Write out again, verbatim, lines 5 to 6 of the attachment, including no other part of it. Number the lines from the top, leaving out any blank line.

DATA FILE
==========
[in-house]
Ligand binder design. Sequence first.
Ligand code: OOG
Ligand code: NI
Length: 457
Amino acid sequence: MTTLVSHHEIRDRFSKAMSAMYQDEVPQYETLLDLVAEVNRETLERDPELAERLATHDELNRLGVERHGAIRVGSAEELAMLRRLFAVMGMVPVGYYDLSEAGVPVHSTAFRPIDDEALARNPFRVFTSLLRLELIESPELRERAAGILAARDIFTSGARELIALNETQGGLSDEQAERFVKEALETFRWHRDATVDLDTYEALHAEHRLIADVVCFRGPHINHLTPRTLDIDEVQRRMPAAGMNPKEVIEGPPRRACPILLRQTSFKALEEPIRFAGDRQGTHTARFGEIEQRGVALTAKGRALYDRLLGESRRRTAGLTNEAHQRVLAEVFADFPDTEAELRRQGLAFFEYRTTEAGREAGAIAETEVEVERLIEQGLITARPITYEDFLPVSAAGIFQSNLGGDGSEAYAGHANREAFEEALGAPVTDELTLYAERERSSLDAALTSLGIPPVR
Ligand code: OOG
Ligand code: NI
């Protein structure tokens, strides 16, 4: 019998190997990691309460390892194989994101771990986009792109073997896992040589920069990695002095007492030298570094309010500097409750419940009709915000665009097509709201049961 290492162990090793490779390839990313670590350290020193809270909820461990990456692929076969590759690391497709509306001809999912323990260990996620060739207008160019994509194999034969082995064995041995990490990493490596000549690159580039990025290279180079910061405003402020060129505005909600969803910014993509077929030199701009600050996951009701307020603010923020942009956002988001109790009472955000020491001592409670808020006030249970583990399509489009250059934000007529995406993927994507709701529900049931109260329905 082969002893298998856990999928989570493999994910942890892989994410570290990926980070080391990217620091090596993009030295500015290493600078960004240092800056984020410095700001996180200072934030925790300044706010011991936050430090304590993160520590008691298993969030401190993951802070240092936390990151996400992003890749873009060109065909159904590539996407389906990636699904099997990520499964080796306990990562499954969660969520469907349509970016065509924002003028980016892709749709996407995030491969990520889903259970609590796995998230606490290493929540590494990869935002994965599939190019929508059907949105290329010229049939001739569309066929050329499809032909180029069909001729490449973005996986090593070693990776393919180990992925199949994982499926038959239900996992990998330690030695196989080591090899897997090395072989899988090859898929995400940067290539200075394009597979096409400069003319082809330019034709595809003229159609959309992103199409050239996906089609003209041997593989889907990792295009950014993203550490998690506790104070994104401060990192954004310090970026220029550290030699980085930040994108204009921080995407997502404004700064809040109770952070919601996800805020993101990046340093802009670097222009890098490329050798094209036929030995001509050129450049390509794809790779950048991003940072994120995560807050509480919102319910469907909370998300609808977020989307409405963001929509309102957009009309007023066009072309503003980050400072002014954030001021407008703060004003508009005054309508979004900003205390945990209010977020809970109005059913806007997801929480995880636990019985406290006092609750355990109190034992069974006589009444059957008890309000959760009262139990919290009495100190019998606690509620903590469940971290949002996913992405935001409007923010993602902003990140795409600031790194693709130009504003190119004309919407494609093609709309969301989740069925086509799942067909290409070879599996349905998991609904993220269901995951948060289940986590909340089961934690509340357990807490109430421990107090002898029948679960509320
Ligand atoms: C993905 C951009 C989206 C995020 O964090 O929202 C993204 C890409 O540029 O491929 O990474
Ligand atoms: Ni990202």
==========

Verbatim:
Length: 457
Amino acid sequence: MTTLVSHHEIRDRFSKAMSAMYQDEVPQYETLLDLVAEVNRETLERDPELAERLATHDELNRLGVERHGAIRVGSAEELAMLRRLFAVMGMVPVGYYDLSEAGVPVHSTAFRPIDDEALARNPFRVFTSLLRLELIESPELRERAAGILAARDIFTSGARELIALNETQGGLSDEQAERFVKEALETFRWHRDATVDLDTYEALHAEHRLIADVVCFRGPHINHLTPRTLDIDEVQRRMPAAGMNPKEVIEGPPRRACPILLRQTSFKALEEPIRFAGDRQGTHTARFGEIEQRGVALTAKGRALYDRLLGESRRRTAGLTNEAHQRVLAEVFADFPDTEAELRRQGLAFFEYRTTEAGREAGAIAETEVEVERLIEQGLITARPITYEDFLPVSAAGIFQSNLGGDGSEAYAGHANREAFEEALGAPVTDELTLYAERERSSLDAALTSLGIPPVR